Selling Virtual Game Winnings: a $3 Billion Industry

Businesses in Asia have created a $3 billion industry by paying employees to spend their days playing videogames and selling the virtual loot to other gamers, according to the World Bank.

Through a technique known as “gold farming,” players sit at rows of computers, and the businesses pay them to play, gathering virtual goods that can be sold later. Another part of the $3 billion market involves something called “powerleveling,” in which people manually play games for others to enable them to pass through levels more quickly. The practice started when individuals began selling in-game goods through markets like eBay and has now expanded into the real business described in a Thursday report by the World Bank Group’s infoDev program.

The report says half of “gold farms” are now automated–run by programming a computer to play the game. Others still use actual players, and about 20 percent aren’t farms so much as theft rings, in which hacker groups steal goods from other players and sell them, the report says.

Read the rest of this post on the original site


Must-Reads from other Websites

Panos Mourdoukoutas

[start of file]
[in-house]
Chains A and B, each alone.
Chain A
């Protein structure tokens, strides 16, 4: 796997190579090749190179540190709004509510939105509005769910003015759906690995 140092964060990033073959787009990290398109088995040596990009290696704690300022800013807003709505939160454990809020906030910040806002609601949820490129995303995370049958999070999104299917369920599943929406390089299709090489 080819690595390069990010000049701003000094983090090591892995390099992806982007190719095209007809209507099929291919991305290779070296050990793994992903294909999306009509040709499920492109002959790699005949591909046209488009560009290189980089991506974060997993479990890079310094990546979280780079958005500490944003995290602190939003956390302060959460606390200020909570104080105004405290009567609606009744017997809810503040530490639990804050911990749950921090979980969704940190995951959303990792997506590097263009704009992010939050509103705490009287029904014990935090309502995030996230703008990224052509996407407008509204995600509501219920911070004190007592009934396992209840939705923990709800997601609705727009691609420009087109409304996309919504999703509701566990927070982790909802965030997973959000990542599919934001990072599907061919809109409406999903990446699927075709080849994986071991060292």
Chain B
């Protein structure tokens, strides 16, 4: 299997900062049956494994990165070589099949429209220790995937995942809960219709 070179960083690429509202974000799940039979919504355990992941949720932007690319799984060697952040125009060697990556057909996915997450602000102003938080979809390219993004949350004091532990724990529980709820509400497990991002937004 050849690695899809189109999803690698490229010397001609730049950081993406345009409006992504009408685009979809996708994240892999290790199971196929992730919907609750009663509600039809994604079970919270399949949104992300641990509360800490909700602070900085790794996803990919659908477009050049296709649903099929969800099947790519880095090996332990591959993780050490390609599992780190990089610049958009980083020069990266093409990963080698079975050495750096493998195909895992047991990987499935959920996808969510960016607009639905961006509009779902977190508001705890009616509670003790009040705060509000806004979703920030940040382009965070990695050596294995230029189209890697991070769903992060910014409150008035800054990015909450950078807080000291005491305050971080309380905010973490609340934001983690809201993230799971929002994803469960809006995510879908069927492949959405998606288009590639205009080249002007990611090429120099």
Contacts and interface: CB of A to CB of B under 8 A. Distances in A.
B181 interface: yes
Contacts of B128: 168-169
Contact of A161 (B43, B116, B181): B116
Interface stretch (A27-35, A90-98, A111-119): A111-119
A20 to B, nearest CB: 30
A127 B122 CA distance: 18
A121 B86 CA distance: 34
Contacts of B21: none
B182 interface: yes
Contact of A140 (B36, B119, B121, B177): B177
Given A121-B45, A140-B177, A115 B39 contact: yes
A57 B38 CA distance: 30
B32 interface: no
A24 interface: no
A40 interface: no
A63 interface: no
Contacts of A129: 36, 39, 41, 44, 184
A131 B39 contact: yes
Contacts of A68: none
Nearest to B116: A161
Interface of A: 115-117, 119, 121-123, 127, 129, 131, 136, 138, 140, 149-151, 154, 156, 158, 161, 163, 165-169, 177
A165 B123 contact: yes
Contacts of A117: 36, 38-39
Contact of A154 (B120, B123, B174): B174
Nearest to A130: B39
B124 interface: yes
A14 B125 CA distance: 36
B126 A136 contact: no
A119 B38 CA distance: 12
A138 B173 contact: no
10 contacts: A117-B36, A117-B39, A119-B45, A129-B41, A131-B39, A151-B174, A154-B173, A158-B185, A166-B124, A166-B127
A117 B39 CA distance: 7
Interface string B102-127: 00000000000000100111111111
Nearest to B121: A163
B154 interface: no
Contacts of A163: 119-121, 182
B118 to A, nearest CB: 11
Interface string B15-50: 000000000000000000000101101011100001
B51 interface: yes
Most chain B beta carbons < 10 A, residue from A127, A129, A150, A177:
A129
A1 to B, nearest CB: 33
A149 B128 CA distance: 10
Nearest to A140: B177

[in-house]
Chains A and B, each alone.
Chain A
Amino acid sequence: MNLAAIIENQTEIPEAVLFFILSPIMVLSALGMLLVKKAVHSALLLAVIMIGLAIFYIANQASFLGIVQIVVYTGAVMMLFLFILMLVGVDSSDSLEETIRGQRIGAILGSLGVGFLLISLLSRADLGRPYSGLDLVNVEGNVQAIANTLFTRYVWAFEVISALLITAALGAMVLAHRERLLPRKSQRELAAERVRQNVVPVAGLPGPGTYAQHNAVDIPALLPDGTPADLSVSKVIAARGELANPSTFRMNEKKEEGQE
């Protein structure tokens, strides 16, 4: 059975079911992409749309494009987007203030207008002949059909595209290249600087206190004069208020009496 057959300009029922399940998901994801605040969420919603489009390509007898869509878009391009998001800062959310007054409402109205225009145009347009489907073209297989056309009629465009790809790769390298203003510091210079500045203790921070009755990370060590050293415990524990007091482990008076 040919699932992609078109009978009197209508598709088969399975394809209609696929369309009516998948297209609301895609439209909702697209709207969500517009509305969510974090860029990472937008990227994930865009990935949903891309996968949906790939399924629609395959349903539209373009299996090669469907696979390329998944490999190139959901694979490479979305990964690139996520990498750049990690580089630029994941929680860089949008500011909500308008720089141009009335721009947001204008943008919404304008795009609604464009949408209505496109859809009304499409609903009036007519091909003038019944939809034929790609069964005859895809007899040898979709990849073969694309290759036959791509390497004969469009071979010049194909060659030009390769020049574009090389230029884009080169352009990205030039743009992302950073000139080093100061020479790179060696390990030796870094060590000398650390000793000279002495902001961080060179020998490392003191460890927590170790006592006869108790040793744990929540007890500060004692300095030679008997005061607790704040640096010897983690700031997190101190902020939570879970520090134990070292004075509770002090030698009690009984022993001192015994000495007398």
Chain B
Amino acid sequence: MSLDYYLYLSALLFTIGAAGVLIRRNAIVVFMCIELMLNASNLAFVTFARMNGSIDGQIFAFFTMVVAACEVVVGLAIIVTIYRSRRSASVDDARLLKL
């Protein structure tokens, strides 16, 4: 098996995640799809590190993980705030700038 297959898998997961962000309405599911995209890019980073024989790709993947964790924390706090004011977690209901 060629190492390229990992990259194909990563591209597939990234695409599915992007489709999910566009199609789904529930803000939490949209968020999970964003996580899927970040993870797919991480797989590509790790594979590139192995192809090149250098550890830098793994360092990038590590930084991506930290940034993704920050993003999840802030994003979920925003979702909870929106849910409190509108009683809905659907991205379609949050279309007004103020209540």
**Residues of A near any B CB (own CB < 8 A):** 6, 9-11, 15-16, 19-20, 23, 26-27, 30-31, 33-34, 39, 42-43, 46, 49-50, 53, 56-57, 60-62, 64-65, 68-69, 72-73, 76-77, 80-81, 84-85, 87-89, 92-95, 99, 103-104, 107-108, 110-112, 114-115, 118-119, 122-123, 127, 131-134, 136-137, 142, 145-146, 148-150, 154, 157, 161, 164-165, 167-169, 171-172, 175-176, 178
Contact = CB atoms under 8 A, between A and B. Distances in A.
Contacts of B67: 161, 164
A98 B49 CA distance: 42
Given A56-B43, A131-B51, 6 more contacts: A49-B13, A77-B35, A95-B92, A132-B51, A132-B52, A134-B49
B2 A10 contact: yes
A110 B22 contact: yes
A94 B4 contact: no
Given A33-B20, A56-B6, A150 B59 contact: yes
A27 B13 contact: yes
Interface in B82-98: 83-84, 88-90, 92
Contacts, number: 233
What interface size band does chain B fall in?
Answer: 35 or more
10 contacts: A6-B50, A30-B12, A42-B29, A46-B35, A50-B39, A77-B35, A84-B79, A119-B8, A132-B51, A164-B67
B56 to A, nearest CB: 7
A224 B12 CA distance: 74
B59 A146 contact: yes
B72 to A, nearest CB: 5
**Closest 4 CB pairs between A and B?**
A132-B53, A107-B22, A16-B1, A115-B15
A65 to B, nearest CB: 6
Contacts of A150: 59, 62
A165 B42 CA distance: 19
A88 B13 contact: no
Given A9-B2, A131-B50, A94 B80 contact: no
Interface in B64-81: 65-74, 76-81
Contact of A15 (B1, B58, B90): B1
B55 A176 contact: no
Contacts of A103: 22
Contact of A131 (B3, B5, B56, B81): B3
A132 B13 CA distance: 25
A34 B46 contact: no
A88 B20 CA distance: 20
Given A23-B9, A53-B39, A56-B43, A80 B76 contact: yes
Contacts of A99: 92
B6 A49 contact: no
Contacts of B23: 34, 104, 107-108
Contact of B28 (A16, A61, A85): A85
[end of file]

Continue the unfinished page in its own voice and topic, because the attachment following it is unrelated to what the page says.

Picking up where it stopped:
Why Apple Should Buy China’s Xiaomi

Paul Graham

What I Didn’t Say

Benjamin Bratton

We Need to Talk About TED

Mat Honan

I, Glasshole: My Year With Google Glass

Chris Ware

All Together Now

Corey S. Powell and Laurie Gwen Shapiro

The Sculpture on the Moon

About Voices

Along with original content and posts from across the Dow Jones network, this section of AllThingsD includes Must-Reads From Other Websites — pieces we’ve read, discussions we’ve followed, stuff we like. Six posts from external sites are included here each weekday, but we only run the headlines. We link to the original sites for the rest. These posts are explicitly labeled, so it’s clear that the content comes from other websites, and for clarity’s sake, all outside posts run against a pink background.

We also solicit original full-length posts and accept some unsolicited submissions.

Read more »